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J Emerg Med. 2006 Apr;30(3):269-76.

Data-driven quality improvement in the Emergency Department at a level one trauma and tertiary care hospital.

Author information

  • 1Department of Emergency Medicine, LDS Hospital, 8th Avenue and C Street, Salt Lake City, UT 84143, USA.

Abstract

To demonstrate how a comprehensive and internally driven Continuous Quality Improvement (CQI) program was designed and implemented in our Emergency Department (ED) in 1999. This program involved monthly data collection and analysis, data-driven process change, staff education in the core concepts of quality, and data reanalysis. Data components collected during the program included census data, physician profiling, and focused clinical audits. CQI measures collected at the beginning of the program and quarterly included: (1) CQI metric data (turnaround times [TAT] and rates of left against medical advice [AMA] or left without being seen [LWOBS]), (2) rates and nature of patient complaints, and (3) results of patient satisfaction surveys performed by an outside consulting firm contracted by hospital administration. During the 4 years since its implementation the program demonstrated improvement in all measured areas. Despite an increase in patient volume of 32% to nearly 37,000 visits/year, and only minimal staffing adjustments, the mean quarterly TAT decreased from 183 min to 165 min (9.8% decrease), the rate of complaints dropped by 56.1% (2.1 per 1000 patients to 0.92), and patients leaving AMA or LWOBS decreased 66.7% from 2.7% to 0.9%. Overall, 44.8% of ED patients rated their care as "excellent." In summary, we demonstrate how a comprehensive quality improvement program was structured and implemented at a tertiary care center and how such a program demonstrated improvement in specific CQI parameters.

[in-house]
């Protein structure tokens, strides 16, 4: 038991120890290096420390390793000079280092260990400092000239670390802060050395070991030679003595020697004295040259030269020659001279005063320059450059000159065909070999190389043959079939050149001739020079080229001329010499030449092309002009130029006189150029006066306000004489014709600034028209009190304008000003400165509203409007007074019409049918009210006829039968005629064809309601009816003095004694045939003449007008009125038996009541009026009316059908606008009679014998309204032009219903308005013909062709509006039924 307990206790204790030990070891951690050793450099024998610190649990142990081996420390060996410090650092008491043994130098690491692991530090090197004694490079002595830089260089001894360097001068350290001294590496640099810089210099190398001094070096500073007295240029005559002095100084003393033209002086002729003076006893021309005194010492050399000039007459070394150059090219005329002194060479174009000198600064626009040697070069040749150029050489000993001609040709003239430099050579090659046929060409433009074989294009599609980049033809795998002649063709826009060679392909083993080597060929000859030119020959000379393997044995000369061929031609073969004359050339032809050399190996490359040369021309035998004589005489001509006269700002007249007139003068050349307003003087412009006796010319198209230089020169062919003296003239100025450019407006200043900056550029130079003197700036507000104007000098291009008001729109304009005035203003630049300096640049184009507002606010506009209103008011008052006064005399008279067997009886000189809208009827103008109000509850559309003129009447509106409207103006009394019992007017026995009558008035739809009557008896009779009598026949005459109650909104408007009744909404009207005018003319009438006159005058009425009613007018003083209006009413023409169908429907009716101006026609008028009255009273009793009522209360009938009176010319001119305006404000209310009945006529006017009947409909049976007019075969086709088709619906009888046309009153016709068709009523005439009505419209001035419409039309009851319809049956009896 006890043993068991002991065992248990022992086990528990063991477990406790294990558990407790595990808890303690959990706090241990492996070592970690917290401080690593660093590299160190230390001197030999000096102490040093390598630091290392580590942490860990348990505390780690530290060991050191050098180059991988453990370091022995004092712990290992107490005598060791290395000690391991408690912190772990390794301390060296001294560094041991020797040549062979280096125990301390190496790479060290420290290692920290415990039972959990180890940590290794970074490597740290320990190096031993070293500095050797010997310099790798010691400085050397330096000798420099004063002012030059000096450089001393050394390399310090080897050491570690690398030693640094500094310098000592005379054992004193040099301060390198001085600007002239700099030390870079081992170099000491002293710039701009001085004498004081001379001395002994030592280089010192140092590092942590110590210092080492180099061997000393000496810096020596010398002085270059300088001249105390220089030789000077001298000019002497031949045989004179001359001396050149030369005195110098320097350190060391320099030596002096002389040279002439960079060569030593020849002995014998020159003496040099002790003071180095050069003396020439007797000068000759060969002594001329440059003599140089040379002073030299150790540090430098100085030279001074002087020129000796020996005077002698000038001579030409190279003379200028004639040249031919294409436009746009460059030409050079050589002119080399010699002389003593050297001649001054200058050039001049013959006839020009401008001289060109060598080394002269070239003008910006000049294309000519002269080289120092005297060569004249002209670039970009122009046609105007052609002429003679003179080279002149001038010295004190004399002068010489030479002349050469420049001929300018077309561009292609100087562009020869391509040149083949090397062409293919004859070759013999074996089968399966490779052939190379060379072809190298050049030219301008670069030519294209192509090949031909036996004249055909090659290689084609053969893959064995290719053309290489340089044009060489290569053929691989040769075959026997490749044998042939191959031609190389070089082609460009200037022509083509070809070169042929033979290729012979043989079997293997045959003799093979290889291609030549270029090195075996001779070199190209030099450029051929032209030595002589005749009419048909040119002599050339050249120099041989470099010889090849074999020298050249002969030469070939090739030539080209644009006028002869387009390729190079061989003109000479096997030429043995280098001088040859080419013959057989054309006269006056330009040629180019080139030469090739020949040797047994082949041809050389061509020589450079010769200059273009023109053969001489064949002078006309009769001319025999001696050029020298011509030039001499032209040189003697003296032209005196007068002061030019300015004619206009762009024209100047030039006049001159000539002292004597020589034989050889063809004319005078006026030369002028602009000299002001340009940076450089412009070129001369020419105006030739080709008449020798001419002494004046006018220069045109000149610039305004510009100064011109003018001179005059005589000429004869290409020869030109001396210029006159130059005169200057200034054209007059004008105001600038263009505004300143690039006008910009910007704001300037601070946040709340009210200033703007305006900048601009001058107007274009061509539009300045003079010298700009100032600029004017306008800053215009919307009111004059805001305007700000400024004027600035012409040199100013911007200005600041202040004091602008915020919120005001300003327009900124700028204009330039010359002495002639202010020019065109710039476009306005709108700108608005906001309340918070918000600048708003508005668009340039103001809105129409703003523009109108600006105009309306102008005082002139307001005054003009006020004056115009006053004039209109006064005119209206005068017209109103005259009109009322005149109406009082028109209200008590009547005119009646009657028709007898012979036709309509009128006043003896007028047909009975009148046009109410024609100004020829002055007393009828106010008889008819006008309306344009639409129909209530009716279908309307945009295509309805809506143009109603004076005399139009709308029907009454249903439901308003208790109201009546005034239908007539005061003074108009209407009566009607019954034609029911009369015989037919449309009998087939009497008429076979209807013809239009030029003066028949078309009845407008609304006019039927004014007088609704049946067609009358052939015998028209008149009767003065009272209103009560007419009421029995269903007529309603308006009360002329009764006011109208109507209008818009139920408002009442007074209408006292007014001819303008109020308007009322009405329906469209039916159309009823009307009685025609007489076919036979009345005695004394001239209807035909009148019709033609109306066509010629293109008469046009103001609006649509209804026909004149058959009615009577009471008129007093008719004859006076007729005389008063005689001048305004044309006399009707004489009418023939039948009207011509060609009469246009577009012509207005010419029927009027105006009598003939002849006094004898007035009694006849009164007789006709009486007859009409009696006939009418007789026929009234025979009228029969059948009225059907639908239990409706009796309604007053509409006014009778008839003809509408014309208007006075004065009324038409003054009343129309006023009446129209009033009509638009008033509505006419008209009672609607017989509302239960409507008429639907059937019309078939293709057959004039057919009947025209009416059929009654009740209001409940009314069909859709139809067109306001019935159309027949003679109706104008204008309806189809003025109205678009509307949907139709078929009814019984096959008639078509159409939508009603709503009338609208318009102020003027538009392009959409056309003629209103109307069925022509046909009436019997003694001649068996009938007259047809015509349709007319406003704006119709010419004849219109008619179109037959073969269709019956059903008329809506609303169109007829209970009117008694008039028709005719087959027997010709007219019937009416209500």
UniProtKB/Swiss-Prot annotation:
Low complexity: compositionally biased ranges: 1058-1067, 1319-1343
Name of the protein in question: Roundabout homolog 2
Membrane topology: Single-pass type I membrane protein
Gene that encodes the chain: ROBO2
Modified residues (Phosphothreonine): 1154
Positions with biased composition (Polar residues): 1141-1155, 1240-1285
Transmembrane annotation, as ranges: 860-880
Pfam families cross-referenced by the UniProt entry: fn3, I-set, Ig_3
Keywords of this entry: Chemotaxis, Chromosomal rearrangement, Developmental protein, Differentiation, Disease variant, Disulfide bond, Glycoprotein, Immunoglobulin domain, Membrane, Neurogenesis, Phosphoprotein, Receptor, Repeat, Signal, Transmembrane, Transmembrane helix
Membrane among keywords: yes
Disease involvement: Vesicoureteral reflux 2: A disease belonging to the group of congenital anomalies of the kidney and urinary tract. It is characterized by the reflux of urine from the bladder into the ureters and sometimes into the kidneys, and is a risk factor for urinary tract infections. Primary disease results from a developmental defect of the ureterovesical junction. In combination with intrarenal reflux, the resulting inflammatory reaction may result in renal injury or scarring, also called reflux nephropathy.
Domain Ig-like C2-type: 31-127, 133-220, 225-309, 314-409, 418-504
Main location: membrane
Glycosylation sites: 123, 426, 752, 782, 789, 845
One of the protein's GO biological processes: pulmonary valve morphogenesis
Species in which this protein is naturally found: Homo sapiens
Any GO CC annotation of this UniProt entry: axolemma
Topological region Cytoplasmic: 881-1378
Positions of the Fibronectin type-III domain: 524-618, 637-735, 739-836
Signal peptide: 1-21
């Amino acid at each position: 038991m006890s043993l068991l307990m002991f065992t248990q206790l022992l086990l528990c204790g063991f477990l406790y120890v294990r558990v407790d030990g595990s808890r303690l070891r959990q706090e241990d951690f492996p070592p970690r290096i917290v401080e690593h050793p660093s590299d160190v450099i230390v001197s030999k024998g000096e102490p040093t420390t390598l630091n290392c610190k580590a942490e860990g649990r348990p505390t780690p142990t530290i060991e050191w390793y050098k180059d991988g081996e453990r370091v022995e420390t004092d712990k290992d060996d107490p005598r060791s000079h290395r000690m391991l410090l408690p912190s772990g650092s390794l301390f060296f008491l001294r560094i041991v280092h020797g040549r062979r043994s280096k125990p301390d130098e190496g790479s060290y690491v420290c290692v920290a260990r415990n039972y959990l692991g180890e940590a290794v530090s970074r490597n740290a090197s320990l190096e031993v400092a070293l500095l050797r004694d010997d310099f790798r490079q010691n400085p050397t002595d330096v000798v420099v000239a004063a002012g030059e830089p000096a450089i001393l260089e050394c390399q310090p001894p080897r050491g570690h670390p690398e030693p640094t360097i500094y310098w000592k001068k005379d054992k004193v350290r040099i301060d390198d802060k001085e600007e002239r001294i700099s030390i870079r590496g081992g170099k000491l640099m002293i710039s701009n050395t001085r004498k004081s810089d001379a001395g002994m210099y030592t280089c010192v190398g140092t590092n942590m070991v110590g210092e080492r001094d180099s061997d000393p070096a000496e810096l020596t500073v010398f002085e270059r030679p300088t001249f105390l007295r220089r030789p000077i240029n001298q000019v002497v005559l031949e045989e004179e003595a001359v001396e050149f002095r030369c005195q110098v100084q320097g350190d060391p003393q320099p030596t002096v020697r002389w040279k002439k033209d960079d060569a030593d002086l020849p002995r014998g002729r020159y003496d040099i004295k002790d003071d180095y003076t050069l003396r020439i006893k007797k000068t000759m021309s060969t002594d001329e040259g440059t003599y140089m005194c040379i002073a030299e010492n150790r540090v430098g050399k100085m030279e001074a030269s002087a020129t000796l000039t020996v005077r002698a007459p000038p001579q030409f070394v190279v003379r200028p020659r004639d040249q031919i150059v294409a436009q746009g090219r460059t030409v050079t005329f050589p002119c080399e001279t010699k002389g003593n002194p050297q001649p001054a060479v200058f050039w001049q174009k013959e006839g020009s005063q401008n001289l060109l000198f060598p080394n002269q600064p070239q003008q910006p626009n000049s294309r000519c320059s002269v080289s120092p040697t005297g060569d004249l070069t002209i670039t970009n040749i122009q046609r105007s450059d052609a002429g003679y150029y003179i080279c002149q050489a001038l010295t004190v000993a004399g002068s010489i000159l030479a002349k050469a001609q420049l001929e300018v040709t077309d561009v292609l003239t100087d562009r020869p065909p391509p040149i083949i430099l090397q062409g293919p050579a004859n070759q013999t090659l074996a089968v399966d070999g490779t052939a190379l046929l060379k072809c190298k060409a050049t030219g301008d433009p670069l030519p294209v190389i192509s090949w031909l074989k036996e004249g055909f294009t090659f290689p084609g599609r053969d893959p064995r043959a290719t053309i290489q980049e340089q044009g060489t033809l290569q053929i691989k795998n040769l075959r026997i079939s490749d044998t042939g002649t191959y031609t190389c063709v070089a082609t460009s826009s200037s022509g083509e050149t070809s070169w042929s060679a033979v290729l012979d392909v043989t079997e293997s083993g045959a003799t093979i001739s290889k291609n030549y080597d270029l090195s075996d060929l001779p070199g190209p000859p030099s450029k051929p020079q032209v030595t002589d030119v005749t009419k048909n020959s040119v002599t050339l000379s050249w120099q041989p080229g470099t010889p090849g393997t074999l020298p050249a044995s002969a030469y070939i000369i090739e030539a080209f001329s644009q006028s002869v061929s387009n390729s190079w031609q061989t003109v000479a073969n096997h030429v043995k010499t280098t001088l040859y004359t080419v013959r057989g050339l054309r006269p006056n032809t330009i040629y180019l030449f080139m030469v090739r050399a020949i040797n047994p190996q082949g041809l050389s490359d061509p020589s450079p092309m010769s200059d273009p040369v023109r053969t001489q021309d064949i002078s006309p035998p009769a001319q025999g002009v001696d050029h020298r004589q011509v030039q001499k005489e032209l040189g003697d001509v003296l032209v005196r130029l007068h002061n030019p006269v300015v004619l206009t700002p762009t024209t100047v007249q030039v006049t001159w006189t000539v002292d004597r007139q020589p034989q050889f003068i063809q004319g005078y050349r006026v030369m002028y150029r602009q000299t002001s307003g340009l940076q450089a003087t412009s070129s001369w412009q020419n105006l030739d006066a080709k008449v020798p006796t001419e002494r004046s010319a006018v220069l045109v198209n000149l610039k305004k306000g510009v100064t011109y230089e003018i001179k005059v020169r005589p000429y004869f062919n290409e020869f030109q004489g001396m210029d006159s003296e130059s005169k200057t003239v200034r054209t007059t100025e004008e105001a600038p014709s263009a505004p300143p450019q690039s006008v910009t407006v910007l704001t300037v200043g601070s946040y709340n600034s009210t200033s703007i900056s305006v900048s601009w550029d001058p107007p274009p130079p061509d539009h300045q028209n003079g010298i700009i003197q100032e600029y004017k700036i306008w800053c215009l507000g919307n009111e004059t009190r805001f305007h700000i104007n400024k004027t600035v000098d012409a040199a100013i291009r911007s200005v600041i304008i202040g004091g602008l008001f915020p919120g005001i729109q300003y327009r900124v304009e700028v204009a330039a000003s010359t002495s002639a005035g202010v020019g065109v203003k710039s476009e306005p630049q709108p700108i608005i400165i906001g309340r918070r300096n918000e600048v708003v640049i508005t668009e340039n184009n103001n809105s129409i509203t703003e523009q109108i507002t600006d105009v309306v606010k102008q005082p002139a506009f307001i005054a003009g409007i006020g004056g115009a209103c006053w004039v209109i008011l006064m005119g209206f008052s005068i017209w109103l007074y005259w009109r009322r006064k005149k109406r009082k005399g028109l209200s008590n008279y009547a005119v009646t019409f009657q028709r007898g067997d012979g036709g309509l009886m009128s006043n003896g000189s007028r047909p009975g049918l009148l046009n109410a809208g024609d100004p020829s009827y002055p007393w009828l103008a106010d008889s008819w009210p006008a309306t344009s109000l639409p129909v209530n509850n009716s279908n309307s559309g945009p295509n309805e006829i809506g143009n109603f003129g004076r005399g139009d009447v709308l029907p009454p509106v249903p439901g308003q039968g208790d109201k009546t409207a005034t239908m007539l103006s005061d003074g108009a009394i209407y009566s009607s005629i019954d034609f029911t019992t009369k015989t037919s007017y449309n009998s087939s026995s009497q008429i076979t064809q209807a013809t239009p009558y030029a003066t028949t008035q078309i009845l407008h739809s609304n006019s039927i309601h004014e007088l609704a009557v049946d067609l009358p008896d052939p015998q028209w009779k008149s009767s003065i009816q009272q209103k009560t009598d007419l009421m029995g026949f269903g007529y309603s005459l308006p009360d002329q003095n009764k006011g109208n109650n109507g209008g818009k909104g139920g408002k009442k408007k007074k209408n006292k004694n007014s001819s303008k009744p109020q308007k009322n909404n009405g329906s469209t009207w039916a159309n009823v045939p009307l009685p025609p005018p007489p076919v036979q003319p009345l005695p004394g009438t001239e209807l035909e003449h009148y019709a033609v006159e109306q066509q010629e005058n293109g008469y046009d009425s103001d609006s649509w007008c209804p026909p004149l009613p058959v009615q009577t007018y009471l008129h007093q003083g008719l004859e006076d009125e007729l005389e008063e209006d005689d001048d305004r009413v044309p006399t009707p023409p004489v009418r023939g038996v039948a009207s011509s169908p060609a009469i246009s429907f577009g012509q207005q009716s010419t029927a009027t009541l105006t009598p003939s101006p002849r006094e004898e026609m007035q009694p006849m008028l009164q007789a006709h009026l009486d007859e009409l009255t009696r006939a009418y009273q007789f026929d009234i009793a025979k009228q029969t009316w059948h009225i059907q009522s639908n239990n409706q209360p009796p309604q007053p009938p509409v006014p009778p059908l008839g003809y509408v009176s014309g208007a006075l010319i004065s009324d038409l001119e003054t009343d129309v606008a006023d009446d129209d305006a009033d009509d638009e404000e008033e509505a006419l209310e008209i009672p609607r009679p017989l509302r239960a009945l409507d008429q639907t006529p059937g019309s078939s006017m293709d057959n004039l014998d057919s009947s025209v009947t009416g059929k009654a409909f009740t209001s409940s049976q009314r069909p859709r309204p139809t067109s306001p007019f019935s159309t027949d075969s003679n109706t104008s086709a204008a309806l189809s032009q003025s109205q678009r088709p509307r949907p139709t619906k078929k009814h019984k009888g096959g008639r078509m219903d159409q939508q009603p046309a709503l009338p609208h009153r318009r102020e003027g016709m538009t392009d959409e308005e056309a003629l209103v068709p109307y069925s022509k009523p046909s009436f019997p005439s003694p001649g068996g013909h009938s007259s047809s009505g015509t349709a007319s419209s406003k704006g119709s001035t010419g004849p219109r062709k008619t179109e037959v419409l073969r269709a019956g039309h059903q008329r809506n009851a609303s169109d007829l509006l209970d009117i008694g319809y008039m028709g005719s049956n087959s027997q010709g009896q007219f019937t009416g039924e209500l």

PMID:
16677976
[PubMed - indexed for MEDLINE]
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